She’s bold, like cayenne pepper. He’s bitter, like bad coffee. She’s bland, like bread.
What you eat says a lot about you. Whether you’re picky or adventurous, what you eat, like what you believe and what you listen to, is more than telling of your personality than what you say.
What you decide to try, taste and devour is indicative of who you are as a person. What you pick and choose to digest, ingest and throw out the other side is not just telling, but all encompassing.
Because food is such a huge part of our lives, how can it not become an extension of our personality? How can the things we choose to eat not be indicative of the mouths we’re putting them into?
The food we surround ourselves with, order around others and delve into at our weakest moments are all colorful representations of our desires and personalities.
Our palates form like our identity, shaping around experiences from our childhood and throughout adulthood. Every flavor, taste and texture sets a precedent and molds our ever-evolving landscape of preferences and cravings.
So, does the way we eat shape our personality or does our personality shape the way we eat? Are people who eat spicier food really spicier? Are those who refuse to try new foods really more ignorant? Are picky eaters also just pickier people?
According to researchers at Penn State University, personality does indeed correlate with food preference. And those who like spicy food really are more bold.
The study, presented at the 2013 Institute of Food Technologies annual meeting, correlated a preference for spicy food with high risk-taking behaviors.
Using 200 participants between the ages of 18 to 45, the researchers tested a person’s preference for risk seeking and adventurous behavior to their preference for spice.
Using Arnett’s Inventory of Sensation Seeking (AISS) test — one that determines one’s level of risk taking behavior — they surveyed the participants first on their preferences to thrill.
The questions included things like listening to loud music, watching highly suspenseful movies, public speaking, gambling and standing on the edge of something high and looking down.
Their results were compared to their preferences for spicy food. Unsurprisingly, those who scored higher on the AISS test had higher preferences for spicier foods. Those who enjoyed the thrills of risks and adventure were partial to the peppers and spicy sauces of life.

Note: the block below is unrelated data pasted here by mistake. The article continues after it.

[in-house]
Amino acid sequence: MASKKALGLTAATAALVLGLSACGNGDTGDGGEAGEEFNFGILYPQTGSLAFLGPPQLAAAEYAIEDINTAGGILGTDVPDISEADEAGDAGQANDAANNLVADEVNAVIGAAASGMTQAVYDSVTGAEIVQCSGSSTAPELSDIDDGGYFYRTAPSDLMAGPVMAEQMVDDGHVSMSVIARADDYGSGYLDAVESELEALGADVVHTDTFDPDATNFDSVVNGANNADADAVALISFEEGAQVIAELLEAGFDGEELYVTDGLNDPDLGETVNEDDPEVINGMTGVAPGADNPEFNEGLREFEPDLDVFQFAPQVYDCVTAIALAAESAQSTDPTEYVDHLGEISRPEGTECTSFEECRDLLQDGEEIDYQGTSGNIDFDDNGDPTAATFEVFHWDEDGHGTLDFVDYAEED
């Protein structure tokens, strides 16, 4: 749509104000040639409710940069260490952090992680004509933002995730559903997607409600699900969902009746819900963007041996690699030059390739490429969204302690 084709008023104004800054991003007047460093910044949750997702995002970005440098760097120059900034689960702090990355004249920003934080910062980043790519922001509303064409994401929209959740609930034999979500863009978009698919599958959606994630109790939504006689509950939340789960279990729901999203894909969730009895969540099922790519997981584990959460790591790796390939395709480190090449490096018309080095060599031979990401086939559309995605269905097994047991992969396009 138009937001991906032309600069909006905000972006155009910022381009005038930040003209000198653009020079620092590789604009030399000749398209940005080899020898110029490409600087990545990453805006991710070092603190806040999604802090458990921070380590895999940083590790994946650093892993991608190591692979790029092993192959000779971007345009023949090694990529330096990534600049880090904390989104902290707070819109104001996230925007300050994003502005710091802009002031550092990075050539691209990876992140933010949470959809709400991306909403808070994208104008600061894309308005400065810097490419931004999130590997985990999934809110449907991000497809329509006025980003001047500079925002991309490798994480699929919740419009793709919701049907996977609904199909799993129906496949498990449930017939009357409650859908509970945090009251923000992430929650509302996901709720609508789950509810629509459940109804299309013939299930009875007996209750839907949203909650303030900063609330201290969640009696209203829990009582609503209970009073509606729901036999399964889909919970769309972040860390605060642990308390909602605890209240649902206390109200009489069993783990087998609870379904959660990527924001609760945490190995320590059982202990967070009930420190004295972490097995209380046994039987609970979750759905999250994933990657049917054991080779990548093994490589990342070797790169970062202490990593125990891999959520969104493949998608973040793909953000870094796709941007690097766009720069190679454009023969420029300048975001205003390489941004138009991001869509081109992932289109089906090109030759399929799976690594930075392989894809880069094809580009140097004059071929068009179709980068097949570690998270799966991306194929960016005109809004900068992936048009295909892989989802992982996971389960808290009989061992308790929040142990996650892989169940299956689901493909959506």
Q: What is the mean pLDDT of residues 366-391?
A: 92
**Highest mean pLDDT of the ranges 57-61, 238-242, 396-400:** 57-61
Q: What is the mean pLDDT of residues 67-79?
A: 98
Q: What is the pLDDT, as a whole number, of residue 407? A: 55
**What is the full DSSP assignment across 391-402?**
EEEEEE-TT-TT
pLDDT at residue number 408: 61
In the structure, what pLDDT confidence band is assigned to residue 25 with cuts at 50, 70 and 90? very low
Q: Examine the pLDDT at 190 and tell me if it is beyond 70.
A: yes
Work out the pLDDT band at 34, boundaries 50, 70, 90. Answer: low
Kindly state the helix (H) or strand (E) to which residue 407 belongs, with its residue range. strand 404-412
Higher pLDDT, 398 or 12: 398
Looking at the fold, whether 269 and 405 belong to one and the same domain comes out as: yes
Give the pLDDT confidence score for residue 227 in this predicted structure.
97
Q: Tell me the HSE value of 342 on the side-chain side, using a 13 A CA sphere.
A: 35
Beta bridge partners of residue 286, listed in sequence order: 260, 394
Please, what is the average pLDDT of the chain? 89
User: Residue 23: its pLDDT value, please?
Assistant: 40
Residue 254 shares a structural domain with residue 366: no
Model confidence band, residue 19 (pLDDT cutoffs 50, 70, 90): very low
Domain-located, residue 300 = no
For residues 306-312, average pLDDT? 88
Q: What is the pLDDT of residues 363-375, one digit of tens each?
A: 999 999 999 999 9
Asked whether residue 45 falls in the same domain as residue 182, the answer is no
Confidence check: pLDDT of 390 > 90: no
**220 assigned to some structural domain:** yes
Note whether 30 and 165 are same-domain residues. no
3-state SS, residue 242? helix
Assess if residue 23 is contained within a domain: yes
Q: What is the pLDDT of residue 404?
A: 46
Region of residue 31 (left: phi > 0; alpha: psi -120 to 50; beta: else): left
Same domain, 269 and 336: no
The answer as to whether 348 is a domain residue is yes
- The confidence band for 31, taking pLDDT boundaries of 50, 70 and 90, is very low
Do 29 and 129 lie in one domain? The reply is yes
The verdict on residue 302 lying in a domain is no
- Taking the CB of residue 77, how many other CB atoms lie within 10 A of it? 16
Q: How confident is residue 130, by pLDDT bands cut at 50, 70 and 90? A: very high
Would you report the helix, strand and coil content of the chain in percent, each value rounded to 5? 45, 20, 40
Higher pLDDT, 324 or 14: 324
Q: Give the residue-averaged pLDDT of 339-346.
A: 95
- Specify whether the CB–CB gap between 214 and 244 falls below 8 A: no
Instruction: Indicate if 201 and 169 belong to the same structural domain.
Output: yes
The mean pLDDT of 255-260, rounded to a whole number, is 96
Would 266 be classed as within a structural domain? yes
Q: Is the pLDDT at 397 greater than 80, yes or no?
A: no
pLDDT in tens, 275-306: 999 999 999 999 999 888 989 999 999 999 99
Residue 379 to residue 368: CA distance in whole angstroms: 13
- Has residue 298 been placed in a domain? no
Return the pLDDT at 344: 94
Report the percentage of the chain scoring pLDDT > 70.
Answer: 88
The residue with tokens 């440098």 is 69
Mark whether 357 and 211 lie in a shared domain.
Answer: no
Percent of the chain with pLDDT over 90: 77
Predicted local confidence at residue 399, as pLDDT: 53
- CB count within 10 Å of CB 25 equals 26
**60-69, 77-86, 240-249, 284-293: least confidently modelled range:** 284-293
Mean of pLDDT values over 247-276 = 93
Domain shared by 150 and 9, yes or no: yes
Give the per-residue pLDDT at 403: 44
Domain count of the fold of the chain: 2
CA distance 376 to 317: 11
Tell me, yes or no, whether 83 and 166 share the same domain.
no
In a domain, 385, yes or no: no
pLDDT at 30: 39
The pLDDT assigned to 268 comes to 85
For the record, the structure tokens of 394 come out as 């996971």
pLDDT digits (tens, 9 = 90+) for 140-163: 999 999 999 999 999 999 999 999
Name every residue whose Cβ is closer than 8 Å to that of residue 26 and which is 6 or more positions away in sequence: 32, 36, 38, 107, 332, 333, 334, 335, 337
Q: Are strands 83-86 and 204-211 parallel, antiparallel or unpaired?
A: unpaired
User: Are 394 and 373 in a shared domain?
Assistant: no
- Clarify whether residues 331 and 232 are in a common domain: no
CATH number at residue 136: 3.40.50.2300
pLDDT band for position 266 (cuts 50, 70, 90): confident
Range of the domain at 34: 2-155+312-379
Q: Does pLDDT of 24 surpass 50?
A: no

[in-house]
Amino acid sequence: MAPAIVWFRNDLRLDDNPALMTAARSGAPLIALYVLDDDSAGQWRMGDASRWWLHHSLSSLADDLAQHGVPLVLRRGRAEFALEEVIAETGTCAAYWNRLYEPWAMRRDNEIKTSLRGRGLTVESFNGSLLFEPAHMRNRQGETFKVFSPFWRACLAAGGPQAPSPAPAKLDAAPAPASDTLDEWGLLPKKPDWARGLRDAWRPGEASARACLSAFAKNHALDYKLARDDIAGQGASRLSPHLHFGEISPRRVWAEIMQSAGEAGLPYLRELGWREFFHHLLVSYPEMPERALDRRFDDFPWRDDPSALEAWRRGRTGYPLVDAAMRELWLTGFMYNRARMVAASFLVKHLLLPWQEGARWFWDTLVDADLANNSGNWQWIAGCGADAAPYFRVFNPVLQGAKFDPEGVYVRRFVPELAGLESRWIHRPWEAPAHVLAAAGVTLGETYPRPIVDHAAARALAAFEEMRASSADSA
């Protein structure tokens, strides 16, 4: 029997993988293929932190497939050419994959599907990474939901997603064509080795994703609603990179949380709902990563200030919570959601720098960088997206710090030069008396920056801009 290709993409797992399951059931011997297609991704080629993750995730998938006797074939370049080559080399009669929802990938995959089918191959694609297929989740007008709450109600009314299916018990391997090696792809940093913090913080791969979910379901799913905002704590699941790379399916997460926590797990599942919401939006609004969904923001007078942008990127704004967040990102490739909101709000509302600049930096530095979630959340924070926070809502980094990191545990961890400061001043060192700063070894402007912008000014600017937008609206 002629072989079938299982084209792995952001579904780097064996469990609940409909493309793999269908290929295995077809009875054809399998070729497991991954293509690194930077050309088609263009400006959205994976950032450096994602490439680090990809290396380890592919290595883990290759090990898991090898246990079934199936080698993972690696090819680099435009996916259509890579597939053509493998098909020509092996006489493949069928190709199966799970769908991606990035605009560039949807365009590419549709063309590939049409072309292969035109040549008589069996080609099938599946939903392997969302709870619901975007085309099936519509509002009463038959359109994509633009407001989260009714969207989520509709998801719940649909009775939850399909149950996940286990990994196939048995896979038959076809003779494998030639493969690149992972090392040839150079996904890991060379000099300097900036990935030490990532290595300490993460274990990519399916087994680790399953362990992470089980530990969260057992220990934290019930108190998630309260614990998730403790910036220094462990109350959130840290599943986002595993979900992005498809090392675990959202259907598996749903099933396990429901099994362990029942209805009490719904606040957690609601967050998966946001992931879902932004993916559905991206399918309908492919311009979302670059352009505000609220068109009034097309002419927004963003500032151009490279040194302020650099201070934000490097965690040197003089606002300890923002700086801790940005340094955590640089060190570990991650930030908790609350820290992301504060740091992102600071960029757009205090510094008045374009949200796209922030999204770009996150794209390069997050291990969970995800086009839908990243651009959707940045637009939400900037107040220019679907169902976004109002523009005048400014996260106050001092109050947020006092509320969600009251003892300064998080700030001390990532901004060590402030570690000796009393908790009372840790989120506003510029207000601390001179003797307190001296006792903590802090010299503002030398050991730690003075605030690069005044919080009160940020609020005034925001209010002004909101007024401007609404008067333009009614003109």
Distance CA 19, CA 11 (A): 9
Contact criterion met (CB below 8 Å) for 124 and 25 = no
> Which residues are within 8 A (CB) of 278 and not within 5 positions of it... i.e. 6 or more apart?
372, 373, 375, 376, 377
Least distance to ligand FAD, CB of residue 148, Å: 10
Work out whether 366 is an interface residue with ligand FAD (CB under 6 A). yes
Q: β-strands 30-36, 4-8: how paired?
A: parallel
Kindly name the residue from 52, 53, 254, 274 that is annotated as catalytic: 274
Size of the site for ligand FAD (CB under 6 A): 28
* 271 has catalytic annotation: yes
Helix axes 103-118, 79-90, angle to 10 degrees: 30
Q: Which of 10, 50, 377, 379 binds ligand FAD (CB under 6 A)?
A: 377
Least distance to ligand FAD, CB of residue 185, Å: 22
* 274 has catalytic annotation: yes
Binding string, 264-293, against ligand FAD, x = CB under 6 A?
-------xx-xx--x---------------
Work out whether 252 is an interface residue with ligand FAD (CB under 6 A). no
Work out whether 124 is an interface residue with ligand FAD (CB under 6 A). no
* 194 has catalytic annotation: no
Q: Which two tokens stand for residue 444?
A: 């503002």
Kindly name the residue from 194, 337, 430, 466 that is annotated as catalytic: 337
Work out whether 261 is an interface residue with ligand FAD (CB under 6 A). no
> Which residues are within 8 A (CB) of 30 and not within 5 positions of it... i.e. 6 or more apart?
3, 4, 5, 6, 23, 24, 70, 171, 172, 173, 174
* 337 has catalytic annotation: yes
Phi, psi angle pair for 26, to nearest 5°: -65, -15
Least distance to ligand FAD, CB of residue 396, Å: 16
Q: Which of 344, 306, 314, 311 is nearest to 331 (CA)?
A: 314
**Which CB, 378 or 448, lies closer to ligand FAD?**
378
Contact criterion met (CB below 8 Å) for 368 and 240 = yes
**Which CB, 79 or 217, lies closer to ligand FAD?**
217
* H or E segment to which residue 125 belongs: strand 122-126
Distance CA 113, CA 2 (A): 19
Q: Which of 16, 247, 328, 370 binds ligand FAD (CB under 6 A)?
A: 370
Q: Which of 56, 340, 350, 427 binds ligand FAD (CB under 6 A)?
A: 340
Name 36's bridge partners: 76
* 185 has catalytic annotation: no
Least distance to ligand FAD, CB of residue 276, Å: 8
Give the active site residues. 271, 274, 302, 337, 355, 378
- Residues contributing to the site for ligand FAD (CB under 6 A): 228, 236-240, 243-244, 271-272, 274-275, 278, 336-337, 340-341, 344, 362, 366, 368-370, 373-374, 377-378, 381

And it makes sense. If you know people who prefer spicy food, you know they are no piece of stale bread. They are the people who always have intriguing stories to go along with their side of extra spicy sauce.
They are the ones who always have plans and adventures lined up, each one stemming from a new dish they are about to dive into. They are the ones who are never content with what they’ve had, but what’s next. No flavor, risk or challenge is too bold.
It just goes to show, we are what we eat and some people are just spicier than others.
They’re never content with the same order
Life isn’t about being content with the norm, but constantly challenging it. There are two types of people in this world: the ones who are comforted by monotony and the ones who crave change.
For the spice connoisseurs, eating the same food night after night is like traveling to the same place over and over again. Though they may like something the first time, it doesn’t mean there isn’t something out there that could be even better, even spicier.
For them, it’s always about pushing the envelope. It’s about the spicier dish, the boldest flavor and the newest discovery. It’s about the next best thing, the hotter flavor.
Variety is the spice of their lives
Those with a flair for spicy food have that extra flair for life. They find no passion in the ordinary and no excitement in the average. They are thrill seekers and dare devils.
They test limits and push boundaries because nothing will ever be enough. No food will ever placate their wandering palates and no spice will ever be hot enough.
Spicy food isn’t just about the taste, but what that taste represents. It’s a jolt, a shock, an awakening. In the midst of monotony, spicy foods add that bit of heat that life can many times be missing.
They crave high risk factors
Dr. Alan Hirsch of the Smell and Taste Treatment and Research Foundation told NCB news that those who eat spicy food are prone to the same “adrenaline deficiencies” feelings that risk takers are.
It’s their constant search for that adrenaline rush that makes them jump off cliffs, travel the world and eat all that spicy food.
They know what they are getting into when they bite into a chili pepper. They understand what comes with ordering the spiciest curry or eating the “house special” at a New Delhi restaurant. They do it for the thrill.
They do it to see what they can withstand, what they can endure and what they can come to love.
Photo Courtesy: Daniel Sawyer Schaefer